Anuradha Mittal and Emily Mattheisen / The Oakland Institute and the Housing and Land Rights Network – 2013-12-13 21:47:44
No Human Rights = No Development
Anuradha Mittal and Emily Mattheisen / The Oakland Institute and the Housing and Land Rights Network
OAKLAND, Calif. (September 26, 2013) — In a report submitted to the UN Human Rights Council’s Universal Periodic Review (UPR) on September 15, 2013, the Oakland Institute and the Housing and Land Rights Network outlined the human rights and international law violations perpetrated by the government of Ethiopia in the name of country’s development strategy.
Drawing clear links between recorded testimonies on the ground and breaches of specific international covenants and articles in Ethiopia’s constitution, the joint submission to the UN Human Rights Council also responds to Ethiopia’s draft National Human Rights Action Plan for 2013-2015.
“Rather than working to build a development strategy grounded in human rights, the Ethiopian government is attempting to hoodwink its human rights record, leaving unmentioned its villagization program and the Anti-Terrorism Proclamation — both used by the government as significant justifications for forced resettlement, arbitrary detentions, and politically motivated arrests,” said Anuradha Mittal, Executive Director of the Oakland Institute.
As previous Oakland Institute reports have chronicled, the Ethiopian government’s efforts to clear land for large-scale foreign investment has entailed widespread violations of human, social, economic, and political rights.
Violations of citizen’s rights to self-determination, housing, land for subsistence production, and free political association — enshrined in the Ethiopian constitution, the Rural Land Administration and Land Use Proclamation, and in United Nations international covenants — are carried out in the name of development.
The joint UPR submission suggests that the ruling party’s ability to implement country’s unpopular villagization program rests in its monopoly on force and dominance over the allocation of humanitarian assistance.
“Authoritarian governance and the methods used in implementing development projects have combined to violate human rights to livelihood and culture for land-based peoples, especially in the peripheral regions,” said Joseph Schechla, Coordinator of the Housing and Land Rights Network.
“Involuntary resettlement, a form of forced evictions, accompanies deprivation of the right to food, including the right to feed oneself, particularly for agropastoralists. On the other hand, the ability to control information and stifle dissent has enabled the ruling party to present a positive face to the international community, which has dubbed Ethiopia a nation in “renaissance,” he continued.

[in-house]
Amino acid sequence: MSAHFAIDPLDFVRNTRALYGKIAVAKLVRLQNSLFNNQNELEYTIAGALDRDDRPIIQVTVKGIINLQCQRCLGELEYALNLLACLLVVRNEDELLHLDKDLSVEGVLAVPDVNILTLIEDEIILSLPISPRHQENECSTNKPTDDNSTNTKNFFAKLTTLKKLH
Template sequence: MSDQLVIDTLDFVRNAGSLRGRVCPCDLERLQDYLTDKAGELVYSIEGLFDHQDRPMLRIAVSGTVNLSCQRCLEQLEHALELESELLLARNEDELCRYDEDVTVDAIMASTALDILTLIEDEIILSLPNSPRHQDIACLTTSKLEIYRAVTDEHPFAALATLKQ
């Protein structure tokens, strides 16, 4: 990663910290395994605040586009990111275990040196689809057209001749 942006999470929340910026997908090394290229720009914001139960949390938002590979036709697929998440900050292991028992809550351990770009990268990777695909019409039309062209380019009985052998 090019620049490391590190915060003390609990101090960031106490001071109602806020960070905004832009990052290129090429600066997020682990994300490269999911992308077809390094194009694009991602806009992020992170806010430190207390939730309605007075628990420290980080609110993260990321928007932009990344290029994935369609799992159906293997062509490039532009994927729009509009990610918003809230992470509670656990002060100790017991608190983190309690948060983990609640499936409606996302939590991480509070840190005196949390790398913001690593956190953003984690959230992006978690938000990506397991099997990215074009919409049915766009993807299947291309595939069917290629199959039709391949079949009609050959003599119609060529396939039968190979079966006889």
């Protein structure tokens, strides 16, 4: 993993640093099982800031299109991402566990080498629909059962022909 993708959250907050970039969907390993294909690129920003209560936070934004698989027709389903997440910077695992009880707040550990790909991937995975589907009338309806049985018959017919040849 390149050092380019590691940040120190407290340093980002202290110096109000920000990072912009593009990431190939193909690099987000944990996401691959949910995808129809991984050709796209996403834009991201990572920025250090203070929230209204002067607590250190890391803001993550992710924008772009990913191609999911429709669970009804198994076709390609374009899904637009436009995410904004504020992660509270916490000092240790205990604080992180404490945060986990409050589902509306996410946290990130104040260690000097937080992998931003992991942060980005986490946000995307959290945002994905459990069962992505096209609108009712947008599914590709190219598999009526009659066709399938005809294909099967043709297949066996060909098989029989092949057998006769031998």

The joint submission presents undeniable evidence that should compel the international community to advocate for a human rights centered development strategy that would benefit all Ethiopians.
Since the food and financial crisis started in 2007, the flow of private capital into farmland and agriculture has grown dramatically globally. While these investments have generated hopes for alleviating hunger and the effects of climate change, evidence also demonstrates that large land deals left unchecked can be detrimental to food security, local livelihoods, and the environment.
This “land rush” involves a wide range of countries and interrelated financial actors, including development agencies, public/private companies, public/private pension funds, endowment funds, sovereign funds, high net worth individuals, private equity firms, hedge funds, and real estate managers, among others.
This report focuses on the role of private investment vehicles that advertise and manage investment opportunities in farmlands and agriculture for investors, such as institutional end investors e.g. pension funds, endowments, foundations, and high net worth individuals.
This secluded and highly unregulated form of investment typically seeks to gain control of private land and farm assets, to resell them at a superior market return after an agreed period of time and/or to generate cash from rents.
It’s 2 am in Africa — Do You Know
What Your Pension Fund is Doing There?
New Report Looks at Private Equity Funds Betting Heavily on Agriculture
OAKLAND, CA (December 4, 2012) — Following the 2007-2008 financial crisis and the collapse of the housing market, private equity funds have found a new lucrative soft commodity market to invest in — farmland. In a short period of time, obscured from public view, the flow of private capital into farmland and agriculture has grown dramatically worldwide.
In recent years, the private financial sector has already invested between $10 to $25 billion in farmland and agriculture with little to no oversight; given current investment trends, this amount might double or triple in the coming years.
Although agricultural funds are portrayed as positive social investment to help alleviate hunger and the effects of climate change, evidence demonstrates that large land deals are often detrimental to food security, local livelihoods, and the environment — yet little is known about the specific firms and funds driving this investment.
“Betting on World Agriculture: US Private Equity Managers Eye Agricultural Returns”, a new report from the Oakland Institute (OI), focuses on the private investment vehicles that advertise and manage investment opportunities in farmlands and agriculture for investors including pension funds, university and foundation endowments, and high net worth individuals.
Based on months of research, involving literature review, interviews with fund managers, and examination of public as well confidential internal documents, the report casts a light on this hidden trend by profiling private investment vehicles that are either based in the US or aggressively promoting farmland and agriculture in the US.